Revisiting the Butler-Mokrys Model for the Vapor-Extraction Process
- Vijitha Mohan (Missouri University of Science and Technology) | Parthasakha Neogi (Missouri University of Science and Technology) | Baojun Bai (Missouri University of Science and Technology)
- Document ID
- Society of Petroleum Engineers
- SPE Journal
- Publication Date
- April 2019
- Document Type
- Journal Paper
- 511 - 521
- 2019.Society of Petroleum Engineers
- VAPEX, gravity drainage, heavy oil
- 30 in the last 30 days
- 57 since 2007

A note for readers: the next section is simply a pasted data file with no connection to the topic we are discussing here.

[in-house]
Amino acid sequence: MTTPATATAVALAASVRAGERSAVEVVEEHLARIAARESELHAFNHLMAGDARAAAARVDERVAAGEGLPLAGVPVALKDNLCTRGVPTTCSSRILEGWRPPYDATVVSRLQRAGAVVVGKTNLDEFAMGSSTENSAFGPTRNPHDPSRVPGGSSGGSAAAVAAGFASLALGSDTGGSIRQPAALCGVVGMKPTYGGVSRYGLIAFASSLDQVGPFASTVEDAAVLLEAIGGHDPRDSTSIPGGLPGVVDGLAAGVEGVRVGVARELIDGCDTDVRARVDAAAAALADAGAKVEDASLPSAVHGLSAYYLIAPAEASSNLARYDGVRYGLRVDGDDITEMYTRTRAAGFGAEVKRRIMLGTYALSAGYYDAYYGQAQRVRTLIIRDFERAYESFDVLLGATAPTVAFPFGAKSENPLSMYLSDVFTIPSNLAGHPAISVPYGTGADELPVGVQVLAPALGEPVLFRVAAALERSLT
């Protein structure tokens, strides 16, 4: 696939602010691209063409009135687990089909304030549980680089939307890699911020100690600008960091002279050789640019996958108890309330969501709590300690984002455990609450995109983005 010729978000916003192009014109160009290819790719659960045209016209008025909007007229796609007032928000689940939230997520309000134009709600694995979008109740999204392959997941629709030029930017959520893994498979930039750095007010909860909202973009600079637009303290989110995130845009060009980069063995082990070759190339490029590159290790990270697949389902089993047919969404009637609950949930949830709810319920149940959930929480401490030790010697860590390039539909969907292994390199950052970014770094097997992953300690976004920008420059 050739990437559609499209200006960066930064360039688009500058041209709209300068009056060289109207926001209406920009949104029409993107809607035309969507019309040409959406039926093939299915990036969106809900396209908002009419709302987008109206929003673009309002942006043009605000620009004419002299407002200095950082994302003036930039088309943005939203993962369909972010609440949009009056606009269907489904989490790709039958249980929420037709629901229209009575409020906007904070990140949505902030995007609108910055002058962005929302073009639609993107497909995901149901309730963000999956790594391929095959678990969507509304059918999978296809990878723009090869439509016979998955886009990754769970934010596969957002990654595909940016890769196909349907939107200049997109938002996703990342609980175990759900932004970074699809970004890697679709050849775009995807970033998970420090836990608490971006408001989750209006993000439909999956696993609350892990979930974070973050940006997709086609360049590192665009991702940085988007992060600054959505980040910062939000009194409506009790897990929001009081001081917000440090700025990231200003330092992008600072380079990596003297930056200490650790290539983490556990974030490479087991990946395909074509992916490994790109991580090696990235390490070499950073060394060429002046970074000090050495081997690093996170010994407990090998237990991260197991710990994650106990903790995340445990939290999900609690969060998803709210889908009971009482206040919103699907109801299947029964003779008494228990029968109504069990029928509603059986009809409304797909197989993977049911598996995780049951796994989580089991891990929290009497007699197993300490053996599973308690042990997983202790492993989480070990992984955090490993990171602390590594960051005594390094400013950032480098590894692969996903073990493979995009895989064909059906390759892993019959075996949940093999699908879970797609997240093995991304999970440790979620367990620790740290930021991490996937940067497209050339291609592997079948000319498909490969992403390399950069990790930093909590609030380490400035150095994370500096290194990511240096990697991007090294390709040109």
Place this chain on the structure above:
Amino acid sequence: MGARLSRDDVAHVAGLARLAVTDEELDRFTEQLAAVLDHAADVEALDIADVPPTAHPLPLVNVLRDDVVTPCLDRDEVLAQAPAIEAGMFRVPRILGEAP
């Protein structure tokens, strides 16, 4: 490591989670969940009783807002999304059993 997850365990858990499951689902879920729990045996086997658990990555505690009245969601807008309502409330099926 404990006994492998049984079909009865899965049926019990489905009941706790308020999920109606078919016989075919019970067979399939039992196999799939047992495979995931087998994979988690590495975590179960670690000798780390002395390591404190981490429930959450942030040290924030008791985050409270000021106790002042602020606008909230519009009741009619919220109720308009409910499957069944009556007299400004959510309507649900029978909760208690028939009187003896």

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The dynamics of a process in which a solvent in the form of a vapor or gas is introduced in a heavy-oil reservoir is considered. The process is called the solvent vapor-extraction process (VAPEX). When the vapor dissolves in the oil, it reduces its viscosity, allowing oil to flow under gravity and be collected at the bottom producer well. The conservation-of-species equation is analyzed to obtain a more-appropriate equation that differentiates between the velocity within the oil and the velocity at the interface, which can be solved to obtain a concentration profile of the solvent in oil. We diverge from an earlier model in which the concentration profile is assumed. However, the final result provides the rate at which oil is collected, which agrees with the previous model in that it is proportional to the square root of h, where h is the pay-zone height; in contrast, some of the later data show a dependence on h. Improved velocity profiles can capture this dependence. A dramatic increase in output is seen if the oil viscosity decreases in the presence of the solvent, although the penetration of the solvent into the oil is reduced because under such conditions the diffusivity decreases with decreased solvent. One other important feature we observe is that when the viscosity-reducing effect is very large, the recovered fluid is mainly solvent. Apparently, some optimum might exist in the solubility, where the ratio of oil recovered to solvent lost is the largest. Finally, the present approach also allows us to show how the oil/vapor interface evolves with time.
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